Tuesday, June 12, 2012


By Steve Sherwood
Texas Review Press, 214 pgs
Submitted by TCU Press
Rating: 3.75

Hardwater has so much going on it can be difficult to keep track. In this case, that's not a bad thing. Peter Hoback is a newspaper editor in Hardwater, Wyoming, a small town that has seen better times, before the uranium mines closed. Pete fled Denver for Hardwater with his son Bart following the violent death of his wife at the hands of a psychopath. And wouldn't you know it: up pops another psychopath.

Hardwater begins as Pete gets an anonymous tip about a multiple murder. He arrives at the site, a vacation cabin in the mountains, and finds 3 bodies arranged in a triangle: scalped, throats cut, clutching a sage branch in one hand and barley in the other, their mouths wedged open with quartz crystals. The torsos have been slit open and sewn shut again. At autopsy the bodies are found to have yellow cake uranium packed into the cavities.

Meanwhile, back at the reservation, the Supreme Court has handed down a decision in favor of upholding water rights of the Shoshone tribe. There are threats and accusations flying as the Anglo ranchers form a posse. Yep, posse. It's not long before blood is shed, irrigation shut off, roads blocked and say howdy to the Wyoming National Guard.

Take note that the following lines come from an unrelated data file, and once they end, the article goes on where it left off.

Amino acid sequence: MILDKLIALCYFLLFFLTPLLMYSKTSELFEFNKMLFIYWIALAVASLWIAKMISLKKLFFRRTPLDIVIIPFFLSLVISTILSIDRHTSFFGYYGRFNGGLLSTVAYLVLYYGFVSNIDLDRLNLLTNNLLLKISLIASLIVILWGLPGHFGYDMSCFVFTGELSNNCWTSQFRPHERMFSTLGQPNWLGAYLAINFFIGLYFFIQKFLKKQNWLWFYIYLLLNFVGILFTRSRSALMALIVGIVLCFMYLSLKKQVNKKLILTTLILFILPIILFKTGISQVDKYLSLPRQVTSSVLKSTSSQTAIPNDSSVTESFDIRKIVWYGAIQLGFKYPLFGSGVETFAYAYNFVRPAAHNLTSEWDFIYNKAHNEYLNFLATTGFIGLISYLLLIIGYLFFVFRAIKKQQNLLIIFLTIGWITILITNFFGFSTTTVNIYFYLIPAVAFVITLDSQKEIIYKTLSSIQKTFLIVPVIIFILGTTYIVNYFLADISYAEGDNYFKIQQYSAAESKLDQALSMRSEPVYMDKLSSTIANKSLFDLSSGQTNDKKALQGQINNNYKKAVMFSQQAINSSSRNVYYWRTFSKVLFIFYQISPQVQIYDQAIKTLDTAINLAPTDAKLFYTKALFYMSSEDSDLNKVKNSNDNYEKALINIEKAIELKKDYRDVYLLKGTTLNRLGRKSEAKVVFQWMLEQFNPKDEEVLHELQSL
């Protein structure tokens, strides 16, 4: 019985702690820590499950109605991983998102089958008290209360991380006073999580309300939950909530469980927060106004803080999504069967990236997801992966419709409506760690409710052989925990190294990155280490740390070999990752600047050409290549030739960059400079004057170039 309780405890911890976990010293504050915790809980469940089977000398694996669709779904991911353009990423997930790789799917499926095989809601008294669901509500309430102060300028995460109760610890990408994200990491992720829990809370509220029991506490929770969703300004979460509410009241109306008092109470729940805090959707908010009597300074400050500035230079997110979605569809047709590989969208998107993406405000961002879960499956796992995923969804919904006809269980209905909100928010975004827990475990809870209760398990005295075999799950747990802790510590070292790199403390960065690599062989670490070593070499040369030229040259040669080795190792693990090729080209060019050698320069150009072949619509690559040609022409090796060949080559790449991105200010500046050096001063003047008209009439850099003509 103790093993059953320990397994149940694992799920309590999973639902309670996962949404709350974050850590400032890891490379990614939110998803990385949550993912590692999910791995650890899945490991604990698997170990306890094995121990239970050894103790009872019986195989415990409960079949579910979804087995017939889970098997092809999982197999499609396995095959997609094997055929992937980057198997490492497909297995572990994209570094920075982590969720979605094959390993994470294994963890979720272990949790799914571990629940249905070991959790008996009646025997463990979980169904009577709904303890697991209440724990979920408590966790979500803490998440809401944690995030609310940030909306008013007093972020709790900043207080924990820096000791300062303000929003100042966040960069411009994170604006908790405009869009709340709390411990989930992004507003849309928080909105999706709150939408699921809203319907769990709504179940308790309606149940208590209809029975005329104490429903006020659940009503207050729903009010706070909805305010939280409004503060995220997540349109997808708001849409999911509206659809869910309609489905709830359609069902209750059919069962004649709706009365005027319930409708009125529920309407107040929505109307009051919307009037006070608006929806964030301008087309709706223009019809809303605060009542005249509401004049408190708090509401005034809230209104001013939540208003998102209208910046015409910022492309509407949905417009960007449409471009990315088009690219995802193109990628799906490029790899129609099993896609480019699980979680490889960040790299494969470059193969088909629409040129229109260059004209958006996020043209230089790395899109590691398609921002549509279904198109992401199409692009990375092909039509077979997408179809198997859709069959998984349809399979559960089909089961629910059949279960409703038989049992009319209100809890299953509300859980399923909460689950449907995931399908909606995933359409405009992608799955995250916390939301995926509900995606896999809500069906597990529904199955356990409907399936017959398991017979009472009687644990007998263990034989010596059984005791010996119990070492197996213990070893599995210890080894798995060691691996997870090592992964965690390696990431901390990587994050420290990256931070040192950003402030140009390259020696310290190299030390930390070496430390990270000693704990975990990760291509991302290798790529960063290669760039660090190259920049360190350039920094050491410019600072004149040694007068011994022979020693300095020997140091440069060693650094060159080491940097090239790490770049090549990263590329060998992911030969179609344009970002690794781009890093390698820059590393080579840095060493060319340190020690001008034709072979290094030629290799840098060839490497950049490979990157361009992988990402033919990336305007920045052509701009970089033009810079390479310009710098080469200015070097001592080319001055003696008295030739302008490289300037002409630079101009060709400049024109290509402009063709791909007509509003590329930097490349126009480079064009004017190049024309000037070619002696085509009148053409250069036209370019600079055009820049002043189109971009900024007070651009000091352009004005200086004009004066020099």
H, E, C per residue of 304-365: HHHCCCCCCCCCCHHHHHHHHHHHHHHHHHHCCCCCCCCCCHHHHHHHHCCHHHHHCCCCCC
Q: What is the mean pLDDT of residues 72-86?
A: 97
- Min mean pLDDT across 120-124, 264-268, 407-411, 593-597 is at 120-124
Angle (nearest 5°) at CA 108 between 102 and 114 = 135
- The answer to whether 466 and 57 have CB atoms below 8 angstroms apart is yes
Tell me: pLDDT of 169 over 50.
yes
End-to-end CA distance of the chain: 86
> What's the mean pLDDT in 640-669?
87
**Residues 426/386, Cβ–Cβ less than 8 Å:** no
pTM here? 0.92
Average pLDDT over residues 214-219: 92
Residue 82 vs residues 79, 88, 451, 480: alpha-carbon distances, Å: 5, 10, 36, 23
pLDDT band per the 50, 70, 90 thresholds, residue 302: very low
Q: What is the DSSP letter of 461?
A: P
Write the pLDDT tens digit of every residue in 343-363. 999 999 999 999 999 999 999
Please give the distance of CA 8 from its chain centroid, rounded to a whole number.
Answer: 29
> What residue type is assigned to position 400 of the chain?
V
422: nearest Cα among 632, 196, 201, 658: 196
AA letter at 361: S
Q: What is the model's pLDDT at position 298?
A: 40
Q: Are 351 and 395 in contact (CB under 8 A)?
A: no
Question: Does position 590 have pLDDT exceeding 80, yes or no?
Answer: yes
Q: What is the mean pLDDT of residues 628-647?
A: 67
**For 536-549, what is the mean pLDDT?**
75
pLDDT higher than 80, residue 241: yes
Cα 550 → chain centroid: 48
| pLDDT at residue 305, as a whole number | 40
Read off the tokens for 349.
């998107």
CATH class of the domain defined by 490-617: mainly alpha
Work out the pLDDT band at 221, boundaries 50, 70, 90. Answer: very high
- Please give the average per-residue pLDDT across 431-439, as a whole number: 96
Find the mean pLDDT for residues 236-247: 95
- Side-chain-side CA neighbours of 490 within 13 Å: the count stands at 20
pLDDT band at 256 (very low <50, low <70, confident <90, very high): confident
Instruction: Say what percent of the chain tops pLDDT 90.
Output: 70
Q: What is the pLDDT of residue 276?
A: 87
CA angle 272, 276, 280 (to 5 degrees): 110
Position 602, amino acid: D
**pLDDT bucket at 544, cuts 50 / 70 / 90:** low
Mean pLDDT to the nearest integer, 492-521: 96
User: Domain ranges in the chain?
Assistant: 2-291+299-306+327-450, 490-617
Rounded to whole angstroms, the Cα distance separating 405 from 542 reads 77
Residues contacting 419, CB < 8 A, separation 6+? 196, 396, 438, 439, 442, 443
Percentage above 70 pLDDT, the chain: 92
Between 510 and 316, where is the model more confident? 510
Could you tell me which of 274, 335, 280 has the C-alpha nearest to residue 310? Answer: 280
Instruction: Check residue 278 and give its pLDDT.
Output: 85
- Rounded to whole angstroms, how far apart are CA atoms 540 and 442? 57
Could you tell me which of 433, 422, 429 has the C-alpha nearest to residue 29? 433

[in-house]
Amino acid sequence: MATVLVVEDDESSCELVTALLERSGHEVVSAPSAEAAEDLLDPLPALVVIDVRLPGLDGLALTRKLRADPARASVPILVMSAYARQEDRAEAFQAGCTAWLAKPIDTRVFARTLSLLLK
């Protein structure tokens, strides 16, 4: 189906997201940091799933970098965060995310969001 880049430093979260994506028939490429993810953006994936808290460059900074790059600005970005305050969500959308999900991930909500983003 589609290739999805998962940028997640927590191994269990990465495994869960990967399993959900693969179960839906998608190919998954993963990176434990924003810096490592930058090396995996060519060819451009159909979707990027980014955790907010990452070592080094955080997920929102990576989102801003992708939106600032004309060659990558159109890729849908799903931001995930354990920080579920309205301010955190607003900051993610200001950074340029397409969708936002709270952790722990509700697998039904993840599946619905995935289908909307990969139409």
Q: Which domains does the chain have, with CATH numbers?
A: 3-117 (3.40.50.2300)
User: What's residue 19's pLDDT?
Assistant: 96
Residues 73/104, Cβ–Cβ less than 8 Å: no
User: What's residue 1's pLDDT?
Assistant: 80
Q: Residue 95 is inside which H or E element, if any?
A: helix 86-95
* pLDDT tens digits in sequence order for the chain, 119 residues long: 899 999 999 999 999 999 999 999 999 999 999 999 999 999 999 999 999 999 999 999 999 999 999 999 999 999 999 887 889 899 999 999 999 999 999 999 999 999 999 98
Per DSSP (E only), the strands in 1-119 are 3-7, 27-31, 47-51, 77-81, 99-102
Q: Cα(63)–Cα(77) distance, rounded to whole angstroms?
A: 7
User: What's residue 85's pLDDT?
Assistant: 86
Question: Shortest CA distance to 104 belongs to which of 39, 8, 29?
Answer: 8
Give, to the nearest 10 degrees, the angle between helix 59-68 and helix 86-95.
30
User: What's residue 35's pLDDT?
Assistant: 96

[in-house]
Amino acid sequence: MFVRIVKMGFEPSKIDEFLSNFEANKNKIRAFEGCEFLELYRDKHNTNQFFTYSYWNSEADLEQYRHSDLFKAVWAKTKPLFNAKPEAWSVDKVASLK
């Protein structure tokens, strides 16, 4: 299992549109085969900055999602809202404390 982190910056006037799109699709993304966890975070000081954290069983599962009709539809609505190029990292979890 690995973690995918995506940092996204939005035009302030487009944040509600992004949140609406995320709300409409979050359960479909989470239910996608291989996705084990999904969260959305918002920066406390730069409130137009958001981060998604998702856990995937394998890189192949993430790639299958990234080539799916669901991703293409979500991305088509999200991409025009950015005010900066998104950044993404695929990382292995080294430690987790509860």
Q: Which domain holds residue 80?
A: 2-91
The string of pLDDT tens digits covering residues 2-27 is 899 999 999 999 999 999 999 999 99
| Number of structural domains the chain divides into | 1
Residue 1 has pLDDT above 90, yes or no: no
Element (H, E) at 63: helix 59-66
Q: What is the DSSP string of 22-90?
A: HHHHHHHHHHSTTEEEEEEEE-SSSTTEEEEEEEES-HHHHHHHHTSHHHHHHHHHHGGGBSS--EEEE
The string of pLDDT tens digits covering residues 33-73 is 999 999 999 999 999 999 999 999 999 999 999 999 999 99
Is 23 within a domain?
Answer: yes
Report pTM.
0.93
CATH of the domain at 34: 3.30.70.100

Pete Hoback is friends with the tribal authorities and does his best to remain a neutral reporter while documenting both stories for his newspaper. Then he gets another tip and finds a poem written by the psycho that points to more bodies. Pete puts the clues together and finds three more victims, identical to the first three. Then the killer threatens Bart and the chase is on.

This book reminds me of James Lee Burke and as regular followers of Texas Book Lover know, that is some of the highest praise I can give. Just as JLB evokes southern Louisiana to perfection, Steve Sherwood has brought us Wyoming. I also want to commend Mr. Sherwood on the ending. The story is not tied up with ribbon and bow. The author allows the ending to be messy. I would love to read more from this writer. He has the potential to be great. Steve Sherwood is an instructor at Texas Christian University and director of the William L. Adams Center for Writing. He won the George Garrett Fiction Prize, awarded by the Texas Review Press in 2003.

For more on the author: http://www.wrt.tcu.edu/profiles.html

For more on the Texas Review Press: http://www.shsu.edu/~www_trp/

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